Sick leave

You can claim statutory sick pay (SSP) if you are sick and unable to work and it can be paid for up to 28 weeks. As the name of this benefit suggests, it is a statutory entitlement if you cannot physically go to work.

Want to know more? Here’s everything you need to know about sickness benefits.

 

 


Who can claim it?

Most employees will get SSP, including part-time, agency and fixed-term contract workers.

 

When does SSP start from?

SSP is paid from the fourth day you are off sick.

However, if you have previously had a period of sick leave within the past two months, you should be able to claim SSP from the first day because it’s then counted as a single period of incapacity for work.

 

Can my employer make rules about sick pay entitlement?

If you're receiving SSP there are certain steps an employer is not allowed to take. They can't insist you phone in by a certain time of day and a medical certificate can't be requested until the eighth day of illness, for instance. The employer can, however, attach such rules to contractual sick pay.

 

Who pays it, how much do I get and when do I get it?

SSP should be paid by your employers in the same way as your standard wages and at the same time for the days an employee usually works – referred to as ‘qualifying days’.

Tax and national insurance is deducted and the weekly rate for SSP is a fixed amount of £87.55. You may get more than the fixed amount (£87.55) if your employer’s contract of employment states this.

Depending on your circumstances (if you do not qualify for Jobseeker’s Allowance or Employment and Support Allowance) you can also get income support on top of SSP.

 

How do I get it?

Your employer will usually give you a form to fill in for the first week that you are unable to work. Alternatively you could phone them explaining you’re sick or write a letter. It’s worth knowing that the date postmark on the letter is taken as the day you informed your employer so we do recommend phoning them.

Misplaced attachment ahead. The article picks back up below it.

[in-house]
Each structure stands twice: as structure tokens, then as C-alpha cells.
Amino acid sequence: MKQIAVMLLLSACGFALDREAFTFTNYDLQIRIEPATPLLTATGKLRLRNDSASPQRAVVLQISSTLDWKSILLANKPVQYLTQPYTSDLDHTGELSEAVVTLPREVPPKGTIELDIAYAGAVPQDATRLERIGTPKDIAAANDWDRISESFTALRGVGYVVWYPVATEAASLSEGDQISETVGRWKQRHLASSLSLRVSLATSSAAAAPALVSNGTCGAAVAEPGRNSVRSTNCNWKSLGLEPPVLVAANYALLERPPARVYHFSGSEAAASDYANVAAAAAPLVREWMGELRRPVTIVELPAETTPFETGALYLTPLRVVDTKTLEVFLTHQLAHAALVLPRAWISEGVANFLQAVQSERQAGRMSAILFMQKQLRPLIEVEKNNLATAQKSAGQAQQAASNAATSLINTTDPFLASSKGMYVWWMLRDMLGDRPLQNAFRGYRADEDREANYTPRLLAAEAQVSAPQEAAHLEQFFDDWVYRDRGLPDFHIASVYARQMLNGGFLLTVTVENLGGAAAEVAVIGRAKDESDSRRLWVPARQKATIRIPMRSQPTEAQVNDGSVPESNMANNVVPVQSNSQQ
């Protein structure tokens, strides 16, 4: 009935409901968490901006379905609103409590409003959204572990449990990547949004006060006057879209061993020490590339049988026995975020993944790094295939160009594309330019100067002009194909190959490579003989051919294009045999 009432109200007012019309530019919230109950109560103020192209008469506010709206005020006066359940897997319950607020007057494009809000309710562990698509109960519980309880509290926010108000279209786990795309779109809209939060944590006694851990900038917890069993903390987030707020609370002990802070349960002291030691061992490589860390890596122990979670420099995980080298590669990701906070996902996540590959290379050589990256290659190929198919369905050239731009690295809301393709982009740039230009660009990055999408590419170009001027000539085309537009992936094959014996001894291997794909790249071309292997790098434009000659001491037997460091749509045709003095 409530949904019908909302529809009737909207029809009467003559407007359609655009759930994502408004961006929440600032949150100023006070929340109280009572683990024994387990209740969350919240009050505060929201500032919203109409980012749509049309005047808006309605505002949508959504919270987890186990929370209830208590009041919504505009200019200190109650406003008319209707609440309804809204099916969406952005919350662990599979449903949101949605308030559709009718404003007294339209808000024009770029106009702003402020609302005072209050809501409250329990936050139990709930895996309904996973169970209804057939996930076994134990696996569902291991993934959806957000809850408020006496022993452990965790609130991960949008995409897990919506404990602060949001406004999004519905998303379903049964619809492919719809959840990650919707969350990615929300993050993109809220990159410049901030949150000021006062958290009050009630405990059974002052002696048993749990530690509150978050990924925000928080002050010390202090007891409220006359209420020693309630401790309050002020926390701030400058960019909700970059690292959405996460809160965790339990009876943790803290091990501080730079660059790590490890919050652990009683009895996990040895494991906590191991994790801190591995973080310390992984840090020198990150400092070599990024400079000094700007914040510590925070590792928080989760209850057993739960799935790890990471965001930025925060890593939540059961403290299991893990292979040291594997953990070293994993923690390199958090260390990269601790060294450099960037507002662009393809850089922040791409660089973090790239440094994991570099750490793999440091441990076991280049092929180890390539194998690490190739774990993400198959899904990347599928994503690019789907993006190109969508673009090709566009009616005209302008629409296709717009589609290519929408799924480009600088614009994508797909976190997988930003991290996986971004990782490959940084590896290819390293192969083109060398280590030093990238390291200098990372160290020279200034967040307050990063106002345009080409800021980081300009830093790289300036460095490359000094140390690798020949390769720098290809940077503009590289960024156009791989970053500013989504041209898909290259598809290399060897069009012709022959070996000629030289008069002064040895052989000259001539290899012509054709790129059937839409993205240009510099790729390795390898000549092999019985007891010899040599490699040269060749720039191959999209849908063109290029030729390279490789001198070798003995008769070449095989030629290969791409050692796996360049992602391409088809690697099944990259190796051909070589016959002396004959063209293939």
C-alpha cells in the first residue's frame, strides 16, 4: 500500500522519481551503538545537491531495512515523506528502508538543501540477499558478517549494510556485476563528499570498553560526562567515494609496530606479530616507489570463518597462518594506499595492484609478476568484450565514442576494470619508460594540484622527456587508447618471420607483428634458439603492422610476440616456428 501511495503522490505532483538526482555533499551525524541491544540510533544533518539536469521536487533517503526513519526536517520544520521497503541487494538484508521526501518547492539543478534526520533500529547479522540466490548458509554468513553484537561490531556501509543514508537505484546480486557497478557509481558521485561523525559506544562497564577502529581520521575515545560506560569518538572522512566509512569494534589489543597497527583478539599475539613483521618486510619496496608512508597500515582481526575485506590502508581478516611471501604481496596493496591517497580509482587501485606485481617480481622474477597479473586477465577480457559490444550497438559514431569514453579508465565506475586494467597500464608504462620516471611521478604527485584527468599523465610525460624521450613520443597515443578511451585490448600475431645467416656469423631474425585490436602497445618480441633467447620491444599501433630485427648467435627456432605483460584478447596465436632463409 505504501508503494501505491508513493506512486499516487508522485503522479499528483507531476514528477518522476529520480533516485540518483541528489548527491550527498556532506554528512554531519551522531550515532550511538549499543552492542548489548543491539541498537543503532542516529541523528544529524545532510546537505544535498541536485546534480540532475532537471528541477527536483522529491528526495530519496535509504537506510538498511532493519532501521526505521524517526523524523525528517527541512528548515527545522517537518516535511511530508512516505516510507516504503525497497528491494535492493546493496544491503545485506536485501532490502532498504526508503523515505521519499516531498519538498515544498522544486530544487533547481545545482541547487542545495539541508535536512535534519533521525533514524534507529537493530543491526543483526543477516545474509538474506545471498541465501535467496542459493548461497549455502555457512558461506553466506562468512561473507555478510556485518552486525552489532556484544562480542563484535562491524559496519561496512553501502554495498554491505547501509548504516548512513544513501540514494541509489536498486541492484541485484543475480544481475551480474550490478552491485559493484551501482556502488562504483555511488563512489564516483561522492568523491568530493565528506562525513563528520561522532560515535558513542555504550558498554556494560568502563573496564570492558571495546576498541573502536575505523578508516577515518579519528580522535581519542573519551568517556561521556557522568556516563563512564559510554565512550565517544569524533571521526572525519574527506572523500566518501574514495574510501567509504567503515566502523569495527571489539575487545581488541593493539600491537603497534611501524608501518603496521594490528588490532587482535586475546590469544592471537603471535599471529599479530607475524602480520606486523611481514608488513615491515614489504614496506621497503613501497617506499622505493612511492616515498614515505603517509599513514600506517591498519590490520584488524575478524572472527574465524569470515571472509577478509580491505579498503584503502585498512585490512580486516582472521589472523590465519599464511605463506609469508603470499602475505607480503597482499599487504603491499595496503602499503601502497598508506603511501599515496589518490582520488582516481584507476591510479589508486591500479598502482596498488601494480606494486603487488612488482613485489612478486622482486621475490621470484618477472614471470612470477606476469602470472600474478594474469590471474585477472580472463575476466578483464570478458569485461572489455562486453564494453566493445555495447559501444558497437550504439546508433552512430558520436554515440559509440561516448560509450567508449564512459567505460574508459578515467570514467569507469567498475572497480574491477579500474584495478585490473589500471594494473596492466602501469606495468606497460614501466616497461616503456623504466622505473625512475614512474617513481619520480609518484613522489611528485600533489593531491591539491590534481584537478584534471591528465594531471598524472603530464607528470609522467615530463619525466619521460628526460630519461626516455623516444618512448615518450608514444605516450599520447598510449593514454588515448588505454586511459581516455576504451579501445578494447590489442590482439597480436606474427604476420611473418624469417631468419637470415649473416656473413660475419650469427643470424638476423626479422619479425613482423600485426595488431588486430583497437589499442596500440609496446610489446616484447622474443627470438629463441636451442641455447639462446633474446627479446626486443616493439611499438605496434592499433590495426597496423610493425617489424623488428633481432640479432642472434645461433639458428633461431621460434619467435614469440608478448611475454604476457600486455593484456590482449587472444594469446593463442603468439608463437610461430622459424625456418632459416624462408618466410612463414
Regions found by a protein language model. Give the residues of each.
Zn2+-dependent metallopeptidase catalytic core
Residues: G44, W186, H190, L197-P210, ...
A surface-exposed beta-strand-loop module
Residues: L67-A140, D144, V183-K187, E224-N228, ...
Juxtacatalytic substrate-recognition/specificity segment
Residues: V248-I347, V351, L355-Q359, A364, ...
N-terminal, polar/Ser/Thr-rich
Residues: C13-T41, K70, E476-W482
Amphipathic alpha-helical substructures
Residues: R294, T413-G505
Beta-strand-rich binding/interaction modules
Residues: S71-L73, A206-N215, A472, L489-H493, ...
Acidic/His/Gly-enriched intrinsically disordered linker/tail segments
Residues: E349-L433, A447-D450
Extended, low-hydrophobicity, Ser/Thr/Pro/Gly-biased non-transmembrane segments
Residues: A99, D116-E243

You could also fill in form SC2, (an Employee’s Statement of Sickness) which you can pick up at the doctor’s surgery or download here.

After the first week of sickness, you should send in a doctor’s certificate to guarantee you get SSP.

 

What do I do if my claim is rejected?

If you do not tell your employer immediately that you are off sick, you could lose some, or all, of your sick pay unless you have a good reason.

If your employer withholds SSP and does not agree to SSP for any other reason, you can get in touch with the HM Revenue and Customs Statutory Payments Disputes Team. You can find their details here.

However, it’s worth seeking specialist advice before doing this as challenging your employer may adversely affect your job as well as your relationship with the company.

 

Change in circumstances

If there is any change in your circumstances (hopefully you get better!), this would affect your entitlement to SSP, so tell your employer straight away.

 

Am I entitled to see my sickness absence records?

Yes. Employers have always been required to keep records on sickness absence, but new legislation means you now have the right to see them. The Data Protection Act 1998 requires a company notifies the Data Protection Commissioner if it is processing personal data.

This applies to employees' personnel files, recruitment, health, attendance and disciplinary records and any other files compiled manually by management with or without authorisation.

 

What happens if this sickness affects my long-term health?

The Disability Discrimination Act (DDA) has improved the legal rights of anyone who can't work due to long-term illness with it's definition of disability covering "a physical or mental impairment which has a substantial and long-term adverse effect on a person's ability to carry out normal day-to-day activities".

 

How can my employer help to keep me healthy?

Health and safety regulations require employers to provide health surveillance as appropriate, such as checks from an occupational health nurse for those working with chemicals.

For exposure to other health risks, such as work-related upper limb disorders, there is no such requirement, although employers should arrange a working environment analysis for anyone at a permanent workstation. Some employers will also have benefits packages which include free services such as eye tests or physiotherapy treatments.

 

And another thing…

If your SSP has ended, or you don't qualify for it any more, your employer must fill in and give you a form SSP1.

This form explains why SSP has not been paid or why it is ending, as well as the last date of payment.
Form SSP1 is used to support a claim for Employment and Support Allowance (ESA), the longer-term benefit for those unable to work.

For more information about SSP click here.

 

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